Top critical review
One person found this helpful
Review by Breakingmusic.co.uk
on 6 May 2012
So the Mystery Jets, set off to discover themselves in Texas, and to be honest when I read their psycho-babble about wanting to be "as far away from everything we knew" I huffed and said, yeah so what, isn't that what everyone wants, in fact I thought isn't that why we fall in love with bands and artists in the first place, I want a band to take me somewhere, and that means that they need to know where they are... does that make sense ?
So, I put on the fourth album from the Mystery Jets, recorded in the shag end of Texas while they "discover" themselves which opens with title track "radlands", it has a quickened bluesy guitar intro and a clean cut vocal, slightly reminiscent of bands like "the national" and then it opens up to a half hearted blandish country rock that seems neither one thing or another.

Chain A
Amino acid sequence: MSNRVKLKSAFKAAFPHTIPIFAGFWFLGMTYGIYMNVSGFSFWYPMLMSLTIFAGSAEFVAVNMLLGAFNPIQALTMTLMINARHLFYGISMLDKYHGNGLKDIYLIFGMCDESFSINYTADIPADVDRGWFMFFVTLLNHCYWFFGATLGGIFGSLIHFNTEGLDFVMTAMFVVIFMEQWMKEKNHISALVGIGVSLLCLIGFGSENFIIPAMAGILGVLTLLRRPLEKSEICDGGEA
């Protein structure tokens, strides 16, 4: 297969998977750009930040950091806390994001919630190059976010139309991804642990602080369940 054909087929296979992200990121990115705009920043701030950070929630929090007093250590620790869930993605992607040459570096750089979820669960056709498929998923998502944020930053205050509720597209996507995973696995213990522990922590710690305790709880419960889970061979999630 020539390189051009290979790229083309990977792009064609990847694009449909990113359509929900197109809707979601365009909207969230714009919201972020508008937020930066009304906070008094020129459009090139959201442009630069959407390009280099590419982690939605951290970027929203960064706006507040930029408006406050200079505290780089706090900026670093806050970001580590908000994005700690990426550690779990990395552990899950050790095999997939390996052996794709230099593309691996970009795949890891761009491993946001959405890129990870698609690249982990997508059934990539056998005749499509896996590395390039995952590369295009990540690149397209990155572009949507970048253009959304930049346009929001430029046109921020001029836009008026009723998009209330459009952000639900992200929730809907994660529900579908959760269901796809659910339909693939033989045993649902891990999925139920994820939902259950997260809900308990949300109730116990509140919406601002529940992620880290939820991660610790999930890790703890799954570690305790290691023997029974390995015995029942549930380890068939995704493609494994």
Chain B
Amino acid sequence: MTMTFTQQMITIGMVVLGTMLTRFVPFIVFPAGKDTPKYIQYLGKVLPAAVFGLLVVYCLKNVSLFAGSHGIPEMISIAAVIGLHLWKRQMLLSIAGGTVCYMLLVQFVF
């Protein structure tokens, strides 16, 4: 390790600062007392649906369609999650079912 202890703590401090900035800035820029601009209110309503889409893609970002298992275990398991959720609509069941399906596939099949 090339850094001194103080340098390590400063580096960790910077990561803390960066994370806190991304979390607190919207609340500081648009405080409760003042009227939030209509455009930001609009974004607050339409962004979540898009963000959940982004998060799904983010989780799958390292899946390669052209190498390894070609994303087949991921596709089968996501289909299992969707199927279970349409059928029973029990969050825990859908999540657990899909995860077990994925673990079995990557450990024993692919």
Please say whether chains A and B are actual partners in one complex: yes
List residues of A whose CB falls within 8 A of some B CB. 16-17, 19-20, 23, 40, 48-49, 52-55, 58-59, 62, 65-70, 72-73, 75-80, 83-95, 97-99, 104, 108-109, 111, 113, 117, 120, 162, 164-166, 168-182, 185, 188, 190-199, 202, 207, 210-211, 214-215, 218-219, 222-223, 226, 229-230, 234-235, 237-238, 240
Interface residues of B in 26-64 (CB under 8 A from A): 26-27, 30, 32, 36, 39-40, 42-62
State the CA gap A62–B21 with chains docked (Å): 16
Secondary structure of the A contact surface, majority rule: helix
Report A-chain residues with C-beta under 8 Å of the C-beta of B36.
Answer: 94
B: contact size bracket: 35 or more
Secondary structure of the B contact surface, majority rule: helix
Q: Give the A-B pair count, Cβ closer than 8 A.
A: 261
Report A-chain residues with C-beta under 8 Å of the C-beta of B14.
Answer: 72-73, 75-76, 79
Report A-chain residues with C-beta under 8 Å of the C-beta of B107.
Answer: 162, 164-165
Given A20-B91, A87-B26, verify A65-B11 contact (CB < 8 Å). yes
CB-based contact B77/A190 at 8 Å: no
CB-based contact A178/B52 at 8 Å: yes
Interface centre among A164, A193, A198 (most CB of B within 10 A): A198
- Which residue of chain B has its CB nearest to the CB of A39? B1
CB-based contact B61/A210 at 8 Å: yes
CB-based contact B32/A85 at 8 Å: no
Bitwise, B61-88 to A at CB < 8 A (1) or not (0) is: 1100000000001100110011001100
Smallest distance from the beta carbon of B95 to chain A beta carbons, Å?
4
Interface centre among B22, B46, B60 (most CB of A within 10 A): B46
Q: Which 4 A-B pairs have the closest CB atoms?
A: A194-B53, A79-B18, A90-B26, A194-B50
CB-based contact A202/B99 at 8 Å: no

Austin, Texas is a long way from Twickenham, and this four piece former indie-pop power house seem a long way from the juicy, boys-next-door, whimsy of their 2008 album smash twenty one, with tracks like "two doors down" and "young love" blasting along like wombats Loose in London.
But then, still listening I find myself into "Someone Purer" which despite being a little slushy has a neat hook and some great guitar work, it has a nicer pace than the opening tracks which plays nicely against the drawn vocal, and I begin to think maybe they have developed into something new, despite the decision to spend the last minute of the song simply hooping and la-la-ing to themselves.
So now I am hooked.... Get as far as "Greatest Hits" and your into the muscle of the album, it's casual whimsy is refreshing considering the style of the album in general. This continues through "Hale Bop" and "Sister Everett" then finally they hit on something awesome !
"Lost In Austin" is a wide anthem and vocally brilliant, this power house, brings the album to a close superbly, screaming "take me to the end" and smoothing out some bubbly guitar layers this really pulls you in. The album closes with the discrete and heart felt, tender breakdown "luminescence" It's neat and tidy, with cool harmony and a dynamic lyric.
Is this the last we will see of the indie, stylistic, buble-gum, cheeky retro-pop Mystery Jets ? Who knows, but this is a great end to an average album, it all just seems over a bit quick.